Shannon anti-war protestor in tears in court

One of the five anti-war protesters accused of criminally damaging a US aeroplane at Shannon Airport has told a jury she honestly believed that her actions saved lives.

One of the five anti-war protesters accused of criminally damaging a US aeroplane at Shannon Airport has told a jury she honestly believed that her actions saved lives.

Ms Karen Fallon broke down in tears at Dublin Circuit Criminal Court when asked if the placement of a shrine outside the airport hangar was a stunt to gain publicity.

"Not at all. It was a commemoration for the dead," she replied.

Ms Fallon was giving evidence in her own defence on day three of the trial in which she and four co-accused have pleaded not guilty to two counts each of causing damage without lawful excuse to a naval plane, property of the United States Government, and to glass door panels, property of Aer Rianta, at Shannon Airport on February 3, 2003.

The accused are Ciaran O’Reilly (aged 46), an Australian national and Damien Moran (aged 26), Nuin Dunlop (aged 34), a US citizen and counsellor, Ms Fallon (aged 35), a Scottish marine biologist, all of Rialto Cottages, Rialto; and Deirdre Clancy (aged 36), a copy editor of Alverno Apartments, Clontarf.

Mr O’Reilly told Mr John O’Kelly SC, defending, that he had lived and worked as a peace campaigner and charity worker in various parts of the world and came to Ireland in 2002 where he became concerned with the "militarisation of Shannon".

Mr O’Reilly, a member of the Catholic Worker Movement, said he decided to take direct action at the airport to "non-violently disarm the war machine deploying from Shannon" and "enact the prophesies of Isaiah to beat our swords into ploughshares and study war no more".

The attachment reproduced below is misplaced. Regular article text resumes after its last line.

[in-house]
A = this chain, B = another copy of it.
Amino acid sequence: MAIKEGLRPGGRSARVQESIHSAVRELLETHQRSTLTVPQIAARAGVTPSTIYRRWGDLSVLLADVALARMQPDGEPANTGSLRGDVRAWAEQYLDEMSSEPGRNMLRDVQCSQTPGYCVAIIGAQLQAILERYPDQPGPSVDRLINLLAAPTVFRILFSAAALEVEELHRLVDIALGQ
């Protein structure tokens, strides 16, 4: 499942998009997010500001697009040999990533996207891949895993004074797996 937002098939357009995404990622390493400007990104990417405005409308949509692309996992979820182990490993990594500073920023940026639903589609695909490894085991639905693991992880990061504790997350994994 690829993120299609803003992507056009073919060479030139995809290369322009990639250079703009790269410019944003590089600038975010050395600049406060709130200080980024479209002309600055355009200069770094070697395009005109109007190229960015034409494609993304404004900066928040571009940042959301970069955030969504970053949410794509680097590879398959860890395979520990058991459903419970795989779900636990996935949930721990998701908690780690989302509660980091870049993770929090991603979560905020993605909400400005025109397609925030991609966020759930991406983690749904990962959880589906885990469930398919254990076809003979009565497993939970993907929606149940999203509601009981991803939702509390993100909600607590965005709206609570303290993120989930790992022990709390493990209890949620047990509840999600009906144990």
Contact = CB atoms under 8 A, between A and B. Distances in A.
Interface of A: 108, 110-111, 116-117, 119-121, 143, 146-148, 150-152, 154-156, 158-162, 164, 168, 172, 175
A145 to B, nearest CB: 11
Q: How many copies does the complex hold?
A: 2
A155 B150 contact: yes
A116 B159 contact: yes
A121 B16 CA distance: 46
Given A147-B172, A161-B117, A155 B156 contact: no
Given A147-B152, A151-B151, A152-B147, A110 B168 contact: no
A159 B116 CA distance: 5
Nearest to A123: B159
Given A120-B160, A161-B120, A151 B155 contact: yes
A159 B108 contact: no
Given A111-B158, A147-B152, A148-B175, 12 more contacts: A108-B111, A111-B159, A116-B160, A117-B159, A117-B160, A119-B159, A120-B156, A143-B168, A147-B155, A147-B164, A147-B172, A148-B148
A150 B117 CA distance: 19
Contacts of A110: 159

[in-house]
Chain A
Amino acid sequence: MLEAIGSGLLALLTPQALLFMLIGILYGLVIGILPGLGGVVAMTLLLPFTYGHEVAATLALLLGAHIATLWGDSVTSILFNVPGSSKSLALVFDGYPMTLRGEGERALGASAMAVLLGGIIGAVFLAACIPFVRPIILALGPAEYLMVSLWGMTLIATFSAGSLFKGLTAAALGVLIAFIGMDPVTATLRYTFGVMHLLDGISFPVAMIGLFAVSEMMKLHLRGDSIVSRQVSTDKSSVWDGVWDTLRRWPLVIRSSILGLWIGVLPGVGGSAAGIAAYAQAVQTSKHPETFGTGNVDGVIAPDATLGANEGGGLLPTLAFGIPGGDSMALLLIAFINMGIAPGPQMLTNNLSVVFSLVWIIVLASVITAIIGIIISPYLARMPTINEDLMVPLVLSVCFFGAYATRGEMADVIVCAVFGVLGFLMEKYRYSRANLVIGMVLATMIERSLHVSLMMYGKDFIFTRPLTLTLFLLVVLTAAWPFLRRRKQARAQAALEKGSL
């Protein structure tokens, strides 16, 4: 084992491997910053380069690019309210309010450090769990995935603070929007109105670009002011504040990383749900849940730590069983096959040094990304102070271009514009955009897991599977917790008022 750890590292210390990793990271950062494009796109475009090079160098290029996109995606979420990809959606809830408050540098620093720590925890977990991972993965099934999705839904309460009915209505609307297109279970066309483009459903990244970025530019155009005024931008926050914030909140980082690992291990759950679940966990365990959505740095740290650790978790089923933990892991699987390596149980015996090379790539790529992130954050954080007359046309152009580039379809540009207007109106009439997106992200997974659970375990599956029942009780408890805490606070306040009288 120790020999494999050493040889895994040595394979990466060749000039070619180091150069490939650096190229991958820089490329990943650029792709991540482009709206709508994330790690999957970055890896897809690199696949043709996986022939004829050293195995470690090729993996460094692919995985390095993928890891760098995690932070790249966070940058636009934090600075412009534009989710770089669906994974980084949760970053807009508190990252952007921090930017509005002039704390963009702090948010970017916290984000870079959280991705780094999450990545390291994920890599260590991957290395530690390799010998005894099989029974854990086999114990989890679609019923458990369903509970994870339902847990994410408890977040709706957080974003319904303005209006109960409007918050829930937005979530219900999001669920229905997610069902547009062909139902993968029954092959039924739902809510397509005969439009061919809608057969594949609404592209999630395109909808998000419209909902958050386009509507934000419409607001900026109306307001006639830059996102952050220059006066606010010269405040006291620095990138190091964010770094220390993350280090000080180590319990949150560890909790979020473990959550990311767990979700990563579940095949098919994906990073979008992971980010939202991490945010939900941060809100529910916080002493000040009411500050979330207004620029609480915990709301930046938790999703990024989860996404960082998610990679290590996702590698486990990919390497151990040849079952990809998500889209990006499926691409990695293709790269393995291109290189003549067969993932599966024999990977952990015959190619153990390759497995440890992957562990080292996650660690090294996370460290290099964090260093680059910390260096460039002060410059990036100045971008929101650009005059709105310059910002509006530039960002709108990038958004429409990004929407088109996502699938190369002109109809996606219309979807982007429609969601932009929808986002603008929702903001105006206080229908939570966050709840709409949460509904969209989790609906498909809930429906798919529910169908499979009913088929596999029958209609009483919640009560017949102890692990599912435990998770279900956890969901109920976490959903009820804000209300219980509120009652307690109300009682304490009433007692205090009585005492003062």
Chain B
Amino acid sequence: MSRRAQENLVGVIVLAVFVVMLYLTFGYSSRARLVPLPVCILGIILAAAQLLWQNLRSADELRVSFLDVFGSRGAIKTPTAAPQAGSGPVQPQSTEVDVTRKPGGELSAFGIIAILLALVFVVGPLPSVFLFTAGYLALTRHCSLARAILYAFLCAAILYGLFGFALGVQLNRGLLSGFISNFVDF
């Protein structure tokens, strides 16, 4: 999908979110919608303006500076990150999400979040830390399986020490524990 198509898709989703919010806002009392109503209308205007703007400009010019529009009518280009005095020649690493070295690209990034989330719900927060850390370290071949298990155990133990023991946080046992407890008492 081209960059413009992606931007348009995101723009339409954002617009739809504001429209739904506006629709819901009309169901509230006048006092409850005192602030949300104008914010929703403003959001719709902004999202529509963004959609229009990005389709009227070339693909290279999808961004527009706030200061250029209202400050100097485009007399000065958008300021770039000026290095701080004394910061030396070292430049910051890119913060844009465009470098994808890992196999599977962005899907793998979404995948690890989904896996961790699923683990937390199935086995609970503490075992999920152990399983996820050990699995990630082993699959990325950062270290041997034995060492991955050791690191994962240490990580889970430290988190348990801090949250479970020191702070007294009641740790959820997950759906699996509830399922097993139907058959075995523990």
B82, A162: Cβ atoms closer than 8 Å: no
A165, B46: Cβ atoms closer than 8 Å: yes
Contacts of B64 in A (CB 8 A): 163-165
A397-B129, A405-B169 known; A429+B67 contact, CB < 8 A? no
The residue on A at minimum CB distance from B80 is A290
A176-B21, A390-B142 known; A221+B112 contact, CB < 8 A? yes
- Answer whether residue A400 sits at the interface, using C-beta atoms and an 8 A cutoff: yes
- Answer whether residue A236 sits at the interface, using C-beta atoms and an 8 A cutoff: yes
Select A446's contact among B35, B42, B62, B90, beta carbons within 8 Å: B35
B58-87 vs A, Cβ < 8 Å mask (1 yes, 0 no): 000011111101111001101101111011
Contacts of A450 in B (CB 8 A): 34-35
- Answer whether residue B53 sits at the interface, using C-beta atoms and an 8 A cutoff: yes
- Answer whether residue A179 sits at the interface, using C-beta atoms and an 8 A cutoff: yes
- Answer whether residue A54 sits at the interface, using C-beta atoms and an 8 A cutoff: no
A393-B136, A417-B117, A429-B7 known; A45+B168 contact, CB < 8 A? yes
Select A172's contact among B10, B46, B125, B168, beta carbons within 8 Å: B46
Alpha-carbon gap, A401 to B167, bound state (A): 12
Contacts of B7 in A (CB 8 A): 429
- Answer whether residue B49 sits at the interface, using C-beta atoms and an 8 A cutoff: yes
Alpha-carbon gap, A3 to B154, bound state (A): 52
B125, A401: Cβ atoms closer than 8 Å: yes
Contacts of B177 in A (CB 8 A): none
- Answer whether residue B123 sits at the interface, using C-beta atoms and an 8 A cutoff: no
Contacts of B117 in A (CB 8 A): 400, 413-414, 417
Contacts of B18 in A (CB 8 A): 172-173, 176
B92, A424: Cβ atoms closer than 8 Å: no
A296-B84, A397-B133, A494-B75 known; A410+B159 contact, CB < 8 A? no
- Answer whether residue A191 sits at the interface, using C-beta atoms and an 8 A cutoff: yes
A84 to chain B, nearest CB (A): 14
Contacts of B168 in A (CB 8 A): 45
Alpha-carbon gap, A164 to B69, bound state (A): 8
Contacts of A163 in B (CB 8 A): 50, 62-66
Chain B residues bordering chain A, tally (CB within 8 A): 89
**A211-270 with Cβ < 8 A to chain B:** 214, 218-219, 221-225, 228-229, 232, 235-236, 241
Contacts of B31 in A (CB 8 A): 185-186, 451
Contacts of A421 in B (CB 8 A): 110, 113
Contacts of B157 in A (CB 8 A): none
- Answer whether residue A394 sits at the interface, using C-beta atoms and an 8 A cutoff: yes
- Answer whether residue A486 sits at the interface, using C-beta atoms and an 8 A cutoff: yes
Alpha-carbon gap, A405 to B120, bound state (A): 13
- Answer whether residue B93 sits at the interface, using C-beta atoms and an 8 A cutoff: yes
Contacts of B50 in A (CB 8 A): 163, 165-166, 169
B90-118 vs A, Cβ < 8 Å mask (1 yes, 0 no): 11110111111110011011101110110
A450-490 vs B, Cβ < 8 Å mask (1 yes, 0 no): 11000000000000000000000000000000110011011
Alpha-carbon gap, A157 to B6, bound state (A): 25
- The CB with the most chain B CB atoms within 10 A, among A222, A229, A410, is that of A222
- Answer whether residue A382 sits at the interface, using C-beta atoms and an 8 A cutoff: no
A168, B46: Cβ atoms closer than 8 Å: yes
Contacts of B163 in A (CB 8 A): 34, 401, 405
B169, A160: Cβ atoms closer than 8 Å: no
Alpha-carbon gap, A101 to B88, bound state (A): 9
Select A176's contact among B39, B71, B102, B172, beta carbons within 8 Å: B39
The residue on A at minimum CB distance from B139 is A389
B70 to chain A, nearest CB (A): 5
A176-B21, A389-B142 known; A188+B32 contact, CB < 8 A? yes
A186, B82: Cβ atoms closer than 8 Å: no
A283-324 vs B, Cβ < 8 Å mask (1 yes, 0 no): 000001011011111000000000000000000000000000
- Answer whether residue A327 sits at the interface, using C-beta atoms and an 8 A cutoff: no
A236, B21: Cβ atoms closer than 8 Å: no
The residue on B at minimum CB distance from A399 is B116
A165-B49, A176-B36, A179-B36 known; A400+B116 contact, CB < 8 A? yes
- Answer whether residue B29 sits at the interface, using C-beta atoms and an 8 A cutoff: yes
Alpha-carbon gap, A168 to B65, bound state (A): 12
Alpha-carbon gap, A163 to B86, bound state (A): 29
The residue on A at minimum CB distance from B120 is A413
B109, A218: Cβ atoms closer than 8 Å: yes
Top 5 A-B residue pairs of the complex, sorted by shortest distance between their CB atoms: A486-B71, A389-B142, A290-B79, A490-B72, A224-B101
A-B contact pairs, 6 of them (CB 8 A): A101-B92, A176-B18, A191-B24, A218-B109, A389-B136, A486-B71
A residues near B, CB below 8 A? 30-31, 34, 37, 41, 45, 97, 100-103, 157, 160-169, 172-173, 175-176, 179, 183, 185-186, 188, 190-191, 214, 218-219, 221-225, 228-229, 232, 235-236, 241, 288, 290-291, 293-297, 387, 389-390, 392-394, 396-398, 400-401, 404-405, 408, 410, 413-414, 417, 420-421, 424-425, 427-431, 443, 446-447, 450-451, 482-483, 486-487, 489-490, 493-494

He said the group entered the hangar by breaking a locked side door: "We discovered an emergency door and pressed the bar as we considered it to be an emergency situation. We named the hangar for what we saw it was, a pit stop for death," he said in reference to spray painting done by the group outside the hangar door.

Mr O’Reilly described Shannon as "a place of repair and nourishment for the US military" and said "death seemed to be stopping at Shannon".

He said his intention was to disable the plane, disrupt deployment and preserve life and property. He also expressed a hope that his actions would send out a "call" to others to undertake further non violent action.

He said: "I went to Shannon to stop a crime, not commit one. That was my honest belief."

Under cross examination by Mr Conor Devally SC, prosecuting, Mr O’Reilly denied a suggestion that items were brought to the scene to form a ‘shrine’ "in order to achieve maximum publicity for what you believed in".

He also denied Mr Devally’s suggestion that he had acted violently in hitting the plane with a mattock or axe and said he had used force against a inanimate object in a non-violent act against the "machinery of violence".

Mr Devally put it to Mr O’Reilly that he had taken the law into his own hands and had welcomed his arrest and trial in order to bring attention to the issue. Mr O’Reilly agreed that he had not explored the possibility of taking a legal challenge to the use of Shannon Airport and said he had not as the war was imminent and the legal process would have taken too long.

The jury earlier heard a lone garda was on duty in the hangar at 3.45am when five people came running in carrying hammers and an axe or mattock. They were shouting "some words of God" and went to the front, side and rear of the aircraft using the items to hit the plane. They then kneeled in a circle and prayed until gardai arrived to arrest them.

The jury heard that items including copies of the Bible and Koran, Rosary and Islamic prayer beads, candles, flowers, St Bridget’s crosses and photographs of distressed children were found at the scene in the form of a shrine at the doors to the hangar.

The hearing continues before Judge Miriam Reynolds and a jury of seven women and five men.

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